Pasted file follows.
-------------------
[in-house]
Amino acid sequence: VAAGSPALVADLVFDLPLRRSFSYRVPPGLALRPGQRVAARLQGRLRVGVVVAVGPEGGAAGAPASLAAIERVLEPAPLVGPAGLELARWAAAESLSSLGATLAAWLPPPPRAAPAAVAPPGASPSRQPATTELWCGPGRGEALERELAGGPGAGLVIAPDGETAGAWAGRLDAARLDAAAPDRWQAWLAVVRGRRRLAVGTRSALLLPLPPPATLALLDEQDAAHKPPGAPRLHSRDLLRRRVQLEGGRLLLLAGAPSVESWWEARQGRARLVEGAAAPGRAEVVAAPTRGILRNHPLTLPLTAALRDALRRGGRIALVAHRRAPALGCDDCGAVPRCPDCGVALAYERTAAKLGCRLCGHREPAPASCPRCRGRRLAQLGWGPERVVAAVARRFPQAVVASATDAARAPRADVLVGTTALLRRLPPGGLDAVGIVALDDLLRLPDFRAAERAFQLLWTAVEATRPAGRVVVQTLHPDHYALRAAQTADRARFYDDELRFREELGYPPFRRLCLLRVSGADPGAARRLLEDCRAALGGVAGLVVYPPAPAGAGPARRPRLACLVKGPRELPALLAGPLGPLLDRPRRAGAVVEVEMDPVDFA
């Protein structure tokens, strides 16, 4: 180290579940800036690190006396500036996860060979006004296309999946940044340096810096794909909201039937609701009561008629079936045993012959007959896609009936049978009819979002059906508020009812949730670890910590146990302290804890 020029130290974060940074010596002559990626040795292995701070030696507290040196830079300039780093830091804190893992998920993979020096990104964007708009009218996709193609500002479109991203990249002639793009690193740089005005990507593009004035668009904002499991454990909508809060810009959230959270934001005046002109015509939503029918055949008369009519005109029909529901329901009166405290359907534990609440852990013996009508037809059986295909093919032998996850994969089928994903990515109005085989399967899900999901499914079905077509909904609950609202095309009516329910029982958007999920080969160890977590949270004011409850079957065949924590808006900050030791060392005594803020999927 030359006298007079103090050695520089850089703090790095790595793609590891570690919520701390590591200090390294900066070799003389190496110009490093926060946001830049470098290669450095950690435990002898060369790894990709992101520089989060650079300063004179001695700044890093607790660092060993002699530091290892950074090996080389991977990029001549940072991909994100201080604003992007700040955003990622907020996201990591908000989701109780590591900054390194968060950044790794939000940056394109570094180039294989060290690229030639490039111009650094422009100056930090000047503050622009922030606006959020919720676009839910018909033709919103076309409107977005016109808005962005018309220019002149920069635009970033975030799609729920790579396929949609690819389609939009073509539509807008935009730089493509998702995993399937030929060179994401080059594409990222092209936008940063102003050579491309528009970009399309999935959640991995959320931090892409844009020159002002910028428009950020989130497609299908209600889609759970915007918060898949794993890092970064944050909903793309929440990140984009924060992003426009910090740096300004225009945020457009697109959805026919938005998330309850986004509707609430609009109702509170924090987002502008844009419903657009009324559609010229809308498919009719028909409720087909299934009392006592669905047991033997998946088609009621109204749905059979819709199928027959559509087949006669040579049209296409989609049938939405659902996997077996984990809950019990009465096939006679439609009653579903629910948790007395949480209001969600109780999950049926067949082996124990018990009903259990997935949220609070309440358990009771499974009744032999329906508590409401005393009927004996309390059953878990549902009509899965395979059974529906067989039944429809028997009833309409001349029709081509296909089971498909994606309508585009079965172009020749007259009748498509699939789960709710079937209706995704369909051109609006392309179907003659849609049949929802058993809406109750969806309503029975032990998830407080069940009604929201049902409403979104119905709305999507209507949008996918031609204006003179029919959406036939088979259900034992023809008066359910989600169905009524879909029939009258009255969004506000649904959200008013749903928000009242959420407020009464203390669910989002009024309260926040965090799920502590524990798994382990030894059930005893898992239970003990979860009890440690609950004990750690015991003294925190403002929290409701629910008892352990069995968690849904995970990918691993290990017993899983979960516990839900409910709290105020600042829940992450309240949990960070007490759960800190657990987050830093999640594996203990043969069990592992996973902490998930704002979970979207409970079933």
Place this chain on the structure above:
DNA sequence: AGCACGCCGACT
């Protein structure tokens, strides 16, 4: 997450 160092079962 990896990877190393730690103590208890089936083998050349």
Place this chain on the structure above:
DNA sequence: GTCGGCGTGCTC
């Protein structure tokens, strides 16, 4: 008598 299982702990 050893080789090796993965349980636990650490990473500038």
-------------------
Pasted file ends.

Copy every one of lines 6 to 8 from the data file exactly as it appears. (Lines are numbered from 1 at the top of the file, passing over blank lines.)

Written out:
């Protein structure tokens, strides 16, 4: 997450 160092079962 990896990877190393730690103590208890089936083998050349």
Place this chain on the structure above:
DNA sequence: GTCGGCGTGCTC